Present Day. Oman.
“So I read the first couple of chapters,” Big Gay Cousin is saying in Leicestershire, through Skype.
“Okay, cool,” I say. “And?”
“Well, it’s not very sparkly. I think there needs to be more of you in there. It’s not very funny either.”
“Right-oh. Well, I am dealing with the lingering death of my father. It was kind of hard to find much comedy material in that.”
“I think you need to stop calling out your father as well, really. He had a lot of really good qualities and I don’t think it’s psychologically healthy. For you, I mean.”
“I wasn’t planning to make him part of the narrative at all, actually,” I say, a tad defensively. “In fact, the novel is characterised by his absence.”
“You should make him the subject of your next book,” BGC offers. “What a life he had! What a character! Some of my best memories growing up were of driving round with him in his Porsche. Fab times!”
We both pause to take stock and have a quick swig of our boozes.
“What’s that you’re drinking?” BGC asks. I hold up the bottle for his inspection.
“It’s called DAB beer,” I tell him. “It’s specially brewed for German alcoholics with diabetes.”
Already he is hooting with laughter.
“It’s like the lowest carb and calorie beer in the world. I thought San Mig Light was the shit but I can fit in about one or two extra beers a session with DAB, calorie-wise.”
“Diabetic beer? Cousin, you’re a tonic!”
“There’s even a warning on the label to consult your doctor before drinking it. Only it’s in German.”
He raises his glass of white wine and we cheers each other through the screen.
“Did I tell you I had my liver checked, by the way?” asks BGC. “Turns out it’s gone fatty. That’s what you’ve got, isn’t it?”
“Err- yeah. I got diagnosed when I started this job. But actually I read a fascinating article in the Daily Mail this week that says you only need to stop drinking for one night a week. That’s literally all your liver needs to heal itself.”
“Well, good luck with that!” my cousin laughs. “I can’t sleep if I’m sober.”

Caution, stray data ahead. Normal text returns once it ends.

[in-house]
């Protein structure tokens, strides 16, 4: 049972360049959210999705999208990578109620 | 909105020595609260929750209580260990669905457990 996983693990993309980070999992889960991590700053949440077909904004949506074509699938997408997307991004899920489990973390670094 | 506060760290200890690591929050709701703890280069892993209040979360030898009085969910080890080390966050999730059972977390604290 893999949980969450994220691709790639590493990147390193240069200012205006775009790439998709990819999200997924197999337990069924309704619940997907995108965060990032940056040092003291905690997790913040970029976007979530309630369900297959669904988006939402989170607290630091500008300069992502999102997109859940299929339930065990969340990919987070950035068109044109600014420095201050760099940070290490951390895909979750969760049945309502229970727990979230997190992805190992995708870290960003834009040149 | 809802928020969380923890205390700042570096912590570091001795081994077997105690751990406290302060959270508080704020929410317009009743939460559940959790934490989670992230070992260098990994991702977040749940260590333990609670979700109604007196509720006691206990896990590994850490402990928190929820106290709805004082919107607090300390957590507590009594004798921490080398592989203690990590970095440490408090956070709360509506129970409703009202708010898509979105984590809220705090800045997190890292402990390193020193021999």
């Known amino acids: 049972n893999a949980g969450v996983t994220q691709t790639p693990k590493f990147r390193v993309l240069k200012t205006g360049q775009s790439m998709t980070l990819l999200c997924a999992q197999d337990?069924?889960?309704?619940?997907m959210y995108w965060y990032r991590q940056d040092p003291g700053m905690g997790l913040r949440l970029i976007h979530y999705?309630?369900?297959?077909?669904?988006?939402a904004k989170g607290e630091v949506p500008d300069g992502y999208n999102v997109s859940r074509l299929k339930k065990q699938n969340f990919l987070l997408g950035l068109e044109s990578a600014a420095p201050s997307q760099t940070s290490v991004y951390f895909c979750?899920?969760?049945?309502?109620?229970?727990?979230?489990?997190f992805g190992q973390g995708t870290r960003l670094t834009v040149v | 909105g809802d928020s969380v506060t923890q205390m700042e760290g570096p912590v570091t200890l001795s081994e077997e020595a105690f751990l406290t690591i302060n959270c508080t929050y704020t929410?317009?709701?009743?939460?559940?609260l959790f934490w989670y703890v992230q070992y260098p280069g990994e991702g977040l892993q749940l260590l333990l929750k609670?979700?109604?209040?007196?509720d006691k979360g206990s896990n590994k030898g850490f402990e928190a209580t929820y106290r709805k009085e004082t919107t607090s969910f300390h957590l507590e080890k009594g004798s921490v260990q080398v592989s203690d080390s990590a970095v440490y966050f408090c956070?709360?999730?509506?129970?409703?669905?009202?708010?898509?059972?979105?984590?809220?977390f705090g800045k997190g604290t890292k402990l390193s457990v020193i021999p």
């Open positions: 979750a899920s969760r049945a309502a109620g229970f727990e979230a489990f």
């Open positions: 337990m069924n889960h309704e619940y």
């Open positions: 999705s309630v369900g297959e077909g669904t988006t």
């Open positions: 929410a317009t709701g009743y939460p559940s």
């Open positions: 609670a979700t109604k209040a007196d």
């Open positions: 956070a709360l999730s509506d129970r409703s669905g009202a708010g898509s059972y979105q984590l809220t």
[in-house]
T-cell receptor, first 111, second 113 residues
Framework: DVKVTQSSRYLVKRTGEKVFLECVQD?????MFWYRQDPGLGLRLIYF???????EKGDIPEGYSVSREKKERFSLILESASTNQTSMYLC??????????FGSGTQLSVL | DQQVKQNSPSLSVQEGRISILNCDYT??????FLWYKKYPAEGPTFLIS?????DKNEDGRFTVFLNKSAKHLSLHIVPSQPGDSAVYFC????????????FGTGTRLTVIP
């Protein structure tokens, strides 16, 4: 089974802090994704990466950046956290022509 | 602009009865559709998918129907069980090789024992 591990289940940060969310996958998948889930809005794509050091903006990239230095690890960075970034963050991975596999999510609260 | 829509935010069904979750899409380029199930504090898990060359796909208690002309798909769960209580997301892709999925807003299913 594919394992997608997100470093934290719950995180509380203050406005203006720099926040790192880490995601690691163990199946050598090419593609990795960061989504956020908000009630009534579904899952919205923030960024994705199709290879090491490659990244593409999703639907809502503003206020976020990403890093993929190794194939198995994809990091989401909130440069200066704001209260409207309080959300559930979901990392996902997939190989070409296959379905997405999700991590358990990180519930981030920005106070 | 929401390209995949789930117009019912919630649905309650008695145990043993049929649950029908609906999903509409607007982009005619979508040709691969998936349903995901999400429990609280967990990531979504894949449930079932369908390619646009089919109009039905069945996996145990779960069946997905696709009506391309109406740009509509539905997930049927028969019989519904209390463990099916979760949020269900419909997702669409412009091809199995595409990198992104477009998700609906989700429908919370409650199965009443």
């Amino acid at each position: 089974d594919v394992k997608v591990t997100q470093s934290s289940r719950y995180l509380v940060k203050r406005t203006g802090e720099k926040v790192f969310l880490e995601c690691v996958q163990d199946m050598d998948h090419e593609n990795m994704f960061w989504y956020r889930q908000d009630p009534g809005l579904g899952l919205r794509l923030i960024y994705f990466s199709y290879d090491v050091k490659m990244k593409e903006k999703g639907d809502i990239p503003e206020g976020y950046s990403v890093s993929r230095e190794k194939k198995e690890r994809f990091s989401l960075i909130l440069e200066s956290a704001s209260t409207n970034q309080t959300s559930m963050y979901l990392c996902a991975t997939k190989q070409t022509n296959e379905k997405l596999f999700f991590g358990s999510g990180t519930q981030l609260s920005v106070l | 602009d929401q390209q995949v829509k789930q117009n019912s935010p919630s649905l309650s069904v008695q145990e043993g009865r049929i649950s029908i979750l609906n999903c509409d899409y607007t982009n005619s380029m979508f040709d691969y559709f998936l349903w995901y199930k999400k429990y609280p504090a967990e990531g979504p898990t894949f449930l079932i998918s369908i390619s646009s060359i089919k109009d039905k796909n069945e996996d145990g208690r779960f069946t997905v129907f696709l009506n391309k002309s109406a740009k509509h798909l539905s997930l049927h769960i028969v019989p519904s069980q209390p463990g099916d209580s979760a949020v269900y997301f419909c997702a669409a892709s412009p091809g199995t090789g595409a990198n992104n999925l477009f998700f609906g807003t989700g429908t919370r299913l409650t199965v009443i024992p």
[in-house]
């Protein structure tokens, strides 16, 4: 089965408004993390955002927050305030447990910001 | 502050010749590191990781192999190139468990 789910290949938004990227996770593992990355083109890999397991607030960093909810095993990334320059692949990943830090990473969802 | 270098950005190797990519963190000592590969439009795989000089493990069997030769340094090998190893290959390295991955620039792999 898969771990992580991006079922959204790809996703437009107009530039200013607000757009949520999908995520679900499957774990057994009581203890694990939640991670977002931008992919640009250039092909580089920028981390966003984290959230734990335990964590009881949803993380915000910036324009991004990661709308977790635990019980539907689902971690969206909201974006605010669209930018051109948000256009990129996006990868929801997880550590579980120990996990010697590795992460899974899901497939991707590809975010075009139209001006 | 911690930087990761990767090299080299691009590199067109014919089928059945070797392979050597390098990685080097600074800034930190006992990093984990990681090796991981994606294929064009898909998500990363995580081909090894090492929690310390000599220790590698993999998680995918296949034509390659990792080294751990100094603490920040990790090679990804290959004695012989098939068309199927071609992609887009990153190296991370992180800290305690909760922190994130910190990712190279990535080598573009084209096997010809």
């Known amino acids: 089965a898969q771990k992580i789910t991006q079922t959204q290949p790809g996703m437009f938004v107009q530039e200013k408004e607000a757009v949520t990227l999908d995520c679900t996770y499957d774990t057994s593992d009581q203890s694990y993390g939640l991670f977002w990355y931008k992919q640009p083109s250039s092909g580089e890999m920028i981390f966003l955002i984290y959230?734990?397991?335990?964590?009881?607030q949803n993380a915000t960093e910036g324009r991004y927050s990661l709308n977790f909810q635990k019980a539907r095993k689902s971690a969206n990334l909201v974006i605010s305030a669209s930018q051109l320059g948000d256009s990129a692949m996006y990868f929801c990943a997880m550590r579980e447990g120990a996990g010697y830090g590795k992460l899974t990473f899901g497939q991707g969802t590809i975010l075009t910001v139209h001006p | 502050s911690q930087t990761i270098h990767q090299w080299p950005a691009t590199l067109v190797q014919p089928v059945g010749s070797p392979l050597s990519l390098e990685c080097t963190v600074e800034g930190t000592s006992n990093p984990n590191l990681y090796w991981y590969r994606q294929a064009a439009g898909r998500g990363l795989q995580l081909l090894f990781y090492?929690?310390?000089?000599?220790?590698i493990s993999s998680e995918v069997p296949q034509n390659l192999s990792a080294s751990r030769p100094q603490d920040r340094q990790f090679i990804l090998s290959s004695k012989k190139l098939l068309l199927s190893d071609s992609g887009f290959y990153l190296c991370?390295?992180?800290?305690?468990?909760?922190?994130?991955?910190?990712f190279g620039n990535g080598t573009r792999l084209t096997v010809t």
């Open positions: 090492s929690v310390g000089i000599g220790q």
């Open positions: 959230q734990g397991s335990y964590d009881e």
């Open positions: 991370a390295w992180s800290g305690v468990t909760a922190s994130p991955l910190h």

“God, I know! I had to take two valium to drop off in the end. Blue ones.”
We both laugh and blame our fathers for our multiple habits, something which is traditionally done at this stage to absolve ourselves.
“Well,” BGC continues, “The woman who checked my liver said- don’t worry. Seventy per cent of Leicestershire has a fatty liver these days.”
“Yep. She said well, we all like a glass or two after work, don’t we. I said – how DARE you? I don’t drink!”
“Hang on a sec. I need to get one of my diabetic pils,” I say.
“What?” BGC asks, momentarily horrified. “You’re on pills for diabetes?”
“No, pils as in pilsner. Nothing to worry about.”
When I return, I end up dribbling on further about the bloody book I’m too tired and depressed to write.
“I’m having a few difficulties with the narrative, to be honest,” I say. “Things took a real turn to the dark side after dad died- as you remember. It all got a bit Trainspottery.”
“To be honest, there’s a few of the people I work with who read the blog and I’m not sure I want to put out there some of the things that actually happened. Not while I’m still working there. Maybe I should just resign.”
“Do what you need to do, cuz.”
“I’m thinking about Laos. Cheap. Nice people. Could give me the time and space to really get stuck in.”
“Well, why not. I will say this, though: there was something very dark about all that business. Demonic, even,” BGC says. “That was the only time I was ever genuinely angry with you. You don’t invite stuff like that into your life. Not unless you want real trouble.”